Christ the King Sunday is actually one of the newest popular holidays in the Church, it’s not even 100 years old. In 1925 Pope Pious XI declared that the last Sunday of the church year would be dedicated to honoring Christ’s Kingship. Why would he declare such a holiday? Politics of course! Pious XI was deeply concerned about the increasing political division and ultra-nationalism in the world, and it’s easy to see why he was so concerned. At that time, the world was still reeling from the first world war. Centuries-old Empires were falling left and right; the Ottoman empire had collapsed as did the Austro-Hungarian empire, the Russian empire had fallen and had just completed a horrific civil war. Ultra-nationalism and fascism were beginning to gain a foothold in Italy and Germany. And of course, there was another political reason that Pious XI would want to remind the world of Christ’s kingship, as the Pope had been fighting with the King of Italy over huge swaths of land owned by the church, known as the Papal States, since the 1870s! This smoldering political fight, often called “the Roman question”, would not be resolved until Pious XI and the King of Italy signed a treaty in 1929, where the Pope finally gave up the land, but was given Vatican City as an independent nation. Establishing Christ the King Sunday in 1925 for all its spiritual nature, was at the same time a small jab and point of leverage by the Vatican against a very real earthly king.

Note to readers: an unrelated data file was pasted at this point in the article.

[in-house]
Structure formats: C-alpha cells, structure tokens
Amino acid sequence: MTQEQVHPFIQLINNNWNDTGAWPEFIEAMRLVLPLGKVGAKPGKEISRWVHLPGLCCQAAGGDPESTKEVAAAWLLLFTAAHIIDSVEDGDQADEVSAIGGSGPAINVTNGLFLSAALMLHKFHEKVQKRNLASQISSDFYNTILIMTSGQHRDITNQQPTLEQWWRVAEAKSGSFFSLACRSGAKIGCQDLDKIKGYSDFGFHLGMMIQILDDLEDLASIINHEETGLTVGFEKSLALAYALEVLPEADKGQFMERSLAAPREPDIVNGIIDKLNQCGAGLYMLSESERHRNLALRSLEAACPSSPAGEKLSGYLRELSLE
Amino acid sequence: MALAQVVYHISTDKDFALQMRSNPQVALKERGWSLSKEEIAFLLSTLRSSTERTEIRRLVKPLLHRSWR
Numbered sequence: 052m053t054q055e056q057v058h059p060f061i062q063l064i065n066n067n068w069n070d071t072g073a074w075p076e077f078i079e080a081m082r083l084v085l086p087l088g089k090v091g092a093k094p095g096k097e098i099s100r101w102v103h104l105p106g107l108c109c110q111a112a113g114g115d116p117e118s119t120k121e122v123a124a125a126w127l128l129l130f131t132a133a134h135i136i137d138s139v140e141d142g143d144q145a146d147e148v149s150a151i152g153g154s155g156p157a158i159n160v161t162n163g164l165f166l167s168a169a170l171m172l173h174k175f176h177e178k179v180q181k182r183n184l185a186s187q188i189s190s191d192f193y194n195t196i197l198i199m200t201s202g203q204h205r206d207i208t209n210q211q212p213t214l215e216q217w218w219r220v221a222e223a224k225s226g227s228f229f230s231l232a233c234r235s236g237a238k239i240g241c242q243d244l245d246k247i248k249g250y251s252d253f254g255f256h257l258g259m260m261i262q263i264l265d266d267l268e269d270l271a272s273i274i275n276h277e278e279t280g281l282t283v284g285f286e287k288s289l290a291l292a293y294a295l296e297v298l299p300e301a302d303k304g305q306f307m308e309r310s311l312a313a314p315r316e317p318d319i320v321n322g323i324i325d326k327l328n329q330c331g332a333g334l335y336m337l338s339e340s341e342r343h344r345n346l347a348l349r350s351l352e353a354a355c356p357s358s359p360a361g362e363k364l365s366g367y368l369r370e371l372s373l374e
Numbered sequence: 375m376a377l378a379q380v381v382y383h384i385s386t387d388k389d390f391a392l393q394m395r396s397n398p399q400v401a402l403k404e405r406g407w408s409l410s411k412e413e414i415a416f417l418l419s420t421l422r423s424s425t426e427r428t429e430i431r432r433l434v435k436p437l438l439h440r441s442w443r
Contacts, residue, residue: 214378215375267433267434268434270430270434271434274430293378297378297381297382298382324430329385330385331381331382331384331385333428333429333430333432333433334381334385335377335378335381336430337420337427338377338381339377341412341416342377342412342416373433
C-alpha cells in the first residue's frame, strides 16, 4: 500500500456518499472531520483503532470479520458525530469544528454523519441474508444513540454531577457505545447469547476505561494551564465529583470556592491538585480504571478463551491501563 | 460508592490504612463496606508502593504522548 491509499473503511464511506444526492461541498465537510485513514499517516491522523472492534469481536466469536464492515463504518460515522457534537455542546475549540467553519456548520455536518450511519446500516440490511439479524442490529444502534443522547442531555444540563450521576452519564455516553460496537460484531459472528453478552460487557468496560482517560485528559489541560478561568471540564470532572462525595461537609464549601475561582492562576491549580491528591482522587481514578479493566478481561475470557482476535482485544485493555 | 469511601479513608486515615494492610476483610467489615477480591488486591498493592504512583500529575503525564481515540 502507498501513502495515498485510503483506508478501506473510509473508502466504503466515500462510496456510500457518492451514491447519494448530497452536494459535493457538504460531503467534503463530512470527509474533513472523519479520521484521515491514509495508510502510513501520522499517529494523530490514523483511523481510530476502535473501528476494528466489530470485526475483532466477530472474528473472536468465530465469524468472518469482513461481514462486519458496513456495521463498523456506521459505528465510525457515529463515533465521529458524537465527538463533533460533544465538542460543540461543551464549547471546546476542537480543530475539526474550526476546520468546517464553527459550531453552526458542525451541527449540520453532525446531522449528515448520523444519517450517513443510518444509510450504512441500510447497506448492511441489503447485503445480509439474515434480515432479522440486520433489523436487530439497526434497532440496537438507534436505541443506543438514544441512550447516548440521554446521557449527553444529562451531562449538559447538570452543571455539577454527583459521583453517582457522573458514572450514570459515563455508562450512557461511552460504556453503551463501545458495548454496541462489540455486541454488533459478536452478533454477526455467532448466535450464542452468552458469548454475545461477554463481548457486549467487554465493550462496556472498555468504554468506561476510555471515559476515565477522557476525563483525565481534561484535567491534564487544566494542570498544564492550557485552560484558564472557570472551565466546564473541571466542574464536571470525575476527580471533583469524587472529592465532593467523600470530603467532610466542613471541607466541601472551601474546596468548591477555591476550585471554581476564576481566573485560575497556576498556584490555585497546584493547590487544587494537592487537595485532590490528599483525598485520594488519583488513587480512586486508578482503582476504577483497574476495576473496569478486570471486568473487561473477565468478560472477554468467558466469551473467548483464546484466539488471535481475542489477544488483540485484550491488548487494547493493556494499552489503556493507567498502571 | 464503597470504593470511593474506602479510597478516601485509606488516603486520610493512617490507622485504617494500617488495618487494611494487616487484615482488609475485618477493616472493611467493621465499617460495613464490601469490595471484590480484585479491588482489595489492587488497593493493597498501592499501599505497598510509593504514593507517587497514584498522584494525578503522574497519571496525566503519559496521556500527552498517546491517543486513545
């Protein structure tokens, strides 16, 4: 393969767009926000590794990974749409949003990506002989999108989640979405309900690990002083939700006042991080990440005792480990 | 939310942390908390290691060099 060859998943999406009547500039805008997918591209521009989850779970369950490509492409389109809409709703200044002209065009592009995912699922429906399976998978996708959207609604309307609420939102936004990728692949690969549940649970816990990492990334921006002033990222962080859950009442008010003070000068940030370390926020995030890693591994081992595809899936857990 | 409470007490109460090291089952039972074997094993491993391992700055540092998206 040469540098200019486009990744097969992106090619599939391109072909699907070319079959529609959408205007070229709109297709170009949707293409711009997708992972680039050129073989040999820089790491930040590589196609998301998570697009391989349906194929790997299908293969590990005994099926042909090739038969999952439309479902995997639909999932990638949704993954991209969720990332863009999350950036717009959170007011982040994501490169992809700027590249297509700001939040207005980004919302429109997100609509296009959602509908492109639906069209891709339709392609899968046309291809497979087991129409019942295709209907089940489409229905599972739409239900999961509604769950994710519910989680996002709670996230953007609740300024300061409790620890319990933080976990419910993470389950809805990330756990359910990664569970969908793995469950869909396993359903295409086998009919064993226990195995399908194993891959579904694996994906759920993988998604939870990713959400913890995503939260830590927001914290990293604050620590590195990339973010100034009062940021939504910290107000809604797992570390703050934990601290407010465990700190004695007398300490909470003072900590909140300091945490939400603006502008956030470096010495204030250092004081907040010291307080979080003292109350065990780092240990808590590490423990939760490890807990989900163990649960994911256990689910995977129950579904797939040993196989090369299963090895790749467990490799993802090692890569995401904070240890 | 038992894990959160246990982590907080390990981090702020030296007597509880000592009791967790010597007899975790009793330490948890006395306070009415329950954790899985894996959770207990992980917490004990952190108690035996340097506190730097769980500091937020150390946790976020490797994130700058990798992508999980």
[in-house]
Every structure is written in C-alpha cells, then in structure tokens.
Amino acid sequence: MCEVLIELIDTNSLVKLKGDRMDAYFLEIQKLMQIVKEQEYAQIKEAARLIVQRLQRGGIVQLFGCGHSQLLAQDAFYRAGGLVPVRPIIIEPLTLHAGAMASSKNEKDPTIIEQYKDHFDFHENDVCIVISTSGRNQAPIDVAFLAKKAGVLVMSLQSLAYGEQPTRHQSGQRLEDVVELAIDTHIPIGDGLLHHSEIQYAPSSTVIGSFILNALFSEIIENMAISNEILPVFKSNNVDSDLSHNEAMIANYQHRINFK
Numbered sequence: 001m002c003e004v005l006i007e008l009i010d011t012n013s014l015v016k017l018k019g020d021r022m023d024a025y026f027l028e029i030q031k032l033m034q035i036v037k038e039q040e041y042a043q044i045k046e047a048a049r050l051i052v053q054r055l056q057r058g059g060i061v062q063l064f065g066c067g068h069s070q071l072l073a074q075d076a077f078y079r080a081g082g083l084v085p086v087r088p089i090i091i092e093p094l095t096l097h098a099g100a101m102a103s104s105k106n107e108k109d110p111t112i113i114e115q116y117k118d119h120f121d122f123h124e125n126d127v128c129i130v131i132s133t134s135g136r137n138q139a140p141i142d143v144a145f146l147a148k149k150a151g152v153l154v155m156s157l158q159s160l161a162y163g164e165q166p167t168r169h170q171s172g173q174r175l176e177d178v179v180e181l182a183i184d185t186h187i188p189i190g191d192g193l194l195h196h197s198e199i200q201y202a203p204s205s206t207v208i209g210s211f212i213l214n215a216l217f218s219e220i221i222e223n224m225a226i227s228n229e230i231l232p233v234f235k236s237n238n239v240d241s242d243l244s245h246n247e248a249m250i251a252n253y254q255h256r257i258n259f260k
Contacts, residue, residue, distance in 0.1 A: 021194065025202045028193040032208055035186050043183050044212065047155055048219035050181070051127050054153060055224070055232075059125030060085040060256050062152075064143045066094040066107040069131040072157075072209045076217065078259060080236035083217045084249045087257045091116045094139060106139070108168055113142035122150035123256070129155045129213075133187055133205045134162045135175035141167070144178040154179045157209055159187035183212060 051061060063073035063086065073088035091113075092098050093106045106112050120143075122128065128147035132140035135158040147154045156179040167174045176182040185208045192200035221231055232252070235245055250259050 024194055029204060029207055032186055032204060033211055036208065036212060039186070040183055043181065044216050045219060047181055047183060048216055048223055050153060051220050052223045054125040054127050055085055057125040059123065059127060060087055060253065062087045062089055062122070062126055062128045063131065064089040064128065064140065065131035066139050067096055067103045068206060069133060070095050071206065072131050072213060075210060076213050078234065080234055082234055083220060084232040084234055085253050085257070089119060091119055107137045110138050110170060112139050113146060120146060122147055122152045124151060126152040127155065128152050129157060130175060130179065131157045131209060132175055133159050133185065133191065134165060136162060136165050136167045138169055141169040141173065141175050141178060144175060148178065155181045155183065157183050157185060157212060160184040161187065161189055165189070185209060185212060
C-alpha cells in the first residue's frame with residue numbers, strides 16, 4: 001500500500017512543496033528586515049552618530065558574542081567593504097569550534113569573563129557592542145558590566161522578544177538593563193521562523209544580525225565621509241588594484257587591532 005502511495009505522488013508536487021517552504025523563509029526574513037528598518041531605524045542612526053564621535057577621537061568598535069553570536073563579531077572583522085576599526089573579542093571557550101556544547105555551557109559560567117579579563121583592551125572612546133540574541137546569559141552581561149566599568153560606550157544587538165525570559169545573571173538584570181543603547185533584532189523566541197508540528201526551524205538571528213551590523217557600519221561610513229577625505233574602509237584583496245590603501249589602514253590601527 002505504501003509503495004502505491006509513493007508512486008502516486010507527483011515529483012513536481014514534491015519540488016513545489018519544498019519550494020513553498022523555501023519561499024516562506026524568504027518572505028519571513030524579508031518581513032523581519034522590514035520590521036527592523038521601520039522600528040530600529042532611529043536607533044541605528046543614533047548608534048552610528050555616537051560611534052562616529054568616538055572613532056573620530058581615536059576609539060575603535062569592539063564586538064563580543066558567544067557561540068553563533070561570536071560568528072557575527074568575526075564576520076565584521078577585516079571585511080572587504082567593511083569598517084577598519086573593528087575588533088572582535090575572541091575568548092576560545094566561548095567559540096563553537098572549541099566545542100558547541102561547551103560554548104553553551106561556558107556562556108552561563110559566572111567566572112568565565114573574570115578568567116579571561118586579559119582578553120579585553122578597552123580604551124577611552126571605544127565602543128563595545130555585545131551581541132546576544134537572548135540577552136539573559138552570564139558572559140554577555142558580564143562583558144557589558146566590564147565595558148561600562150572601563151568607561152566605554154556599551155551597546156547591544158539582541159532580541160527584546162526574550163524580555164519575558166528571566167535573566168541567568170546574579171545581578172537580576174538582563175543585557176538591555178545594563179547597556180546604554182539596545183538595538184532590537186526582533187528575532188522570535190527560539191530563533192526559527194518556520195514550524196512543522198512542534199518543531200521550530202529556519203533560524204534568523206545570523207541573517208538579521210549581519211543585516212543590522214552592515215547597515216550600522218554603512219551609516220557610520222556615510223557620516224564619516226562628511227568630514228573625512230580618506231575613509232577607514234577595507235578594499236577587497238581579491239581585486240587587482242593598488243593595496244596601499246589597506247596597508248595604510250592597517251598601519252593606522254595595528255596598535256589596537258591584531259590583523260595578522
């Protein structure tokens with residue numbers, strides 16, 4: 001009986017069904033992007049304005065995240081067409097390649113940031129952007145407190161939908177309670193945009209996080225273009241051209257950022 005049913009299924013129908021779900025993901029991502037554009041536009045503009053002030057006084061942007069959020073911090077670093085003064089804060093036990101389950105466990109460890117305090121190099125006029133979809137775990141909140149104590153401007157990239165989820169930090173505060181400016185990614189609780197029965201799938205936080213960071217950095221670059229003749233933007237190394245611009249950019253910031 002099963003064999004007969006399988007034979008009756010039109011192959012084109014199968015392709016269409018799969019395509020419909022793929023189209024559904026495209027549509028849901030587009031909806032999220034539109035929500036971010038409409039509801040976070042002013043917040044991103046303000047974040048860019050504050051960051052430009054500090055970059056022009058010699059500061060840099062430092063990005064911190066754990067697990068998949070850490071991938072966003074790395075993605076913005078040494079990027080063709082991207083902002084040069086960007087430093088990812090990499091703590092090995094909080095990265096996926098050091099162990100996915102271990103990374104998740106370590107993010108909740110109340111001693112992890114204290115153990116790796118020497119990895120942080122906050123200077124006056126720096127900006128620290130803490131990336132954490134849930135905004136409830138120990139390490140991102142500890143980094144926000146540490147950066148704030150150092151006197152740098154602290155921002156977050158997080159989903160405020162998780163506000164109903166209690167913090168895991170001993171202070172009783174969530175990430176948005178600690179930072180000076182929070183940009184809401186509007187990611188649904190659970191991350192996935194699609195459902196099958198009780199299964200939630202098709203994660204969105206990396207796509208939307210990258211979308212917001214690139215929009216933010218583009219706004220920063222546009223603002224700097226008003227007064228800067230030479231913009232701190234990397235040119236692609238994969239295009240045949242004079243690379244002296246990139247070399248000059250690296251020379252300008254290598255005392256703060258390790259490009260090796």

Hearing the political origins of the celebration can lead one to wonder why on earth Christ the King Sunday would be such a popular holiday, especially among us Protestants. It can feel like it is just another example of how politics worms its corrupting ways into everything, and the overwhelming frustration that of all places, with all our sordid history and current divisions, why would the Church to dedicate a Sunday to celebrating politics?